Movie: IIT Krishnamurthy
Cast : Prudhvi Dandamudi, Maira Doshi Anand and Vinay Verma
Review: With thrillers, the big reveal has to be invariably exciting. Some thrillers that don't have much to offer in terms of suspense perk up the appeal of the screenplay by attempting to make the protagonist's character look novel. IIT Krishnamurthy, which is streaming on Amazon Prime from December 10, does that to an extent, although not to the desired effect. In the climax, after the flashback is over, the story unfolds something that has been hidden from the audience all along.
Krishnamurthy (Prudhvi Dandamudi) has taken a sabbatical from his stint at IIT-Bombay to be in Hyderabad to search for his missing uncle. He crosses paths with ACP Vinay Varma (Vinay Varma), who takes a keen interest in the case. Soon, just as the ACP begins to think that the missing person is dead, the male lead is perplexed by a phone call from an unknown malcontent. This is when the plot thickens.
Much of what passes for investigation in this film is actually superficial. Investigative procedurals have to be tight, but what is on offer here are some glaring loopholes. It appears that the ACP thinks exactly like how a key character wants him to think and behave. Such convenient writing is what make thrillers questionable.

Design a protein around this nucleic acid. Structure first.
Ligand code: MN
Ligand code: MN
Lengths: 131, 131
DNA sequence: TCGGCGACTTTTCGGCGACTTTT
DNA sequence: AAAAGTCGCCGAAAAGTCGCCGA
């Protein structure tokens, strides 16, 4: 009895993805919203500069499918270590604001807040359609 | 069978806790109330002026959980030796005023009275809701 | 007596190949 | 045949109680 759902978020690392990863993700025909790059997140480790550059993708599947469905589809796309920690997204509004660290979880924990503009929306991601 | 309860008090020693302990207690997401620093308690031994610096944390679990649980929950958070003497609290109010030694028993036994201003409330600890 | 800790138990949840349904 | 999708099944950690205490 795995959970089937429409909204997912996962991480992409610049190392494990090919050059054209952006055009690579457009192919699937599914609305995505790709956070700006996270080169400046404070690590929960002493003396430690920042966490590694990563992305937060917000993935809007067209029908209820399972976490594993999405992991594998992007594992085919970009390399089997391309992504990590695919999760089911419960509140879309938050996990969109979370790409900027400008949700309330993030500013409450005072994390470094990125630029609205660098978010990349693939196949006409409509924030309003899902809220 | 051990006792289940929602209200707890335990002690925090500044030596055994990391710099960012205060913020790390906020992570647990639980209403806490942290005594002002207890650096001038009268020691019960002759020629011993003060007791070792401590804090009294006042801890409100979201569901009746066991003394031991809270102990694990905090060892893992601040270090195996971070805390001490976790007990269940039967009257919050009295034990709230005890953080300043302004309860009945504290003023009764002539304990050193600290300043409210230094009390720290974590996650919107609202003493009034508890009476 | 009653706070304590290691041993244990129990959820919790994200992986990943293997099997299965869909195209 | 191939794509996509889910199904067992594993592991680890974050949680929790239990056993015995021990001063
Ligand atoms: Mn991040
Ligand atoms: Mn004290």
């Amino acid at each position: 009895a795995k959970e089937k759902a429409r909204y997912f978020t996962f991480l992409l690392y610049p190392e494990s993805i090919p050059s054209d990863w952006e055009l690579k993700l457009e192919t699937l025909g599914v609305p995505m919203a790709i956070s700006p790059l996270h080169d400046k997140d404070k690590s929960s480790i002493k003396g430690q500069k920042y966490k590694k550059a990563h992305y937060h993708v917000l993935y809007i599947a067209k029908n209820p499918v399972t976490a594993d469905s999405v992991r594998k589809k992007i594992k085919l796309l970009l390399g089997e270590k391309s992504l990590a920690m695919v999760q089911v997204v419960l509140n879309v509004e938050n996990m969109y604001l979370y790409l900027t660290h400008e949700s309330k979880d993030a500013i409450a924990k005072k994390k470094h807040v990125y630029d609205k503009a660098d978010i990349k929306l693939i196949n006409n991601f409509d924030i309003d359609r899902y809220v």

There was so much potential in Vinay Varma's character. As a somewhat unpredictable and egoistic cop, he exudes arrogance. His anger issues should have been used well in the scenes involving the villains. The dialogues between him and Krishnamurthy could have been intriguing for the same reason.
As the male lead says, the emotion has to be strong. But it's this emotion that is not felt, probably because the flashback is old-fashioned.
The villain, a corporate honcho, is a caricature. For a film that was billed as a corporate crime thriller, this is puzzling. The romantic track (involving Prudhvi and Meira Doshi) could have been soulful, given the mental state of the hero. Interrupted by unwelcome songs and bizarre conversations, it comes undone. Comedian Sathya's weight issues don't evoke laughter either.
For all the flaws, director Sree Vardhan shows promise, especially in the way he treats the final moments. At 113 minutes, the length is alright. Helped by Nagarjuna Manapaka's writing, the film does show some flashes of intelligence here and there. Naresh Kumaran's music elevates the slow-motion walk shots. But the technical output, by and large, should have pushed the envelope....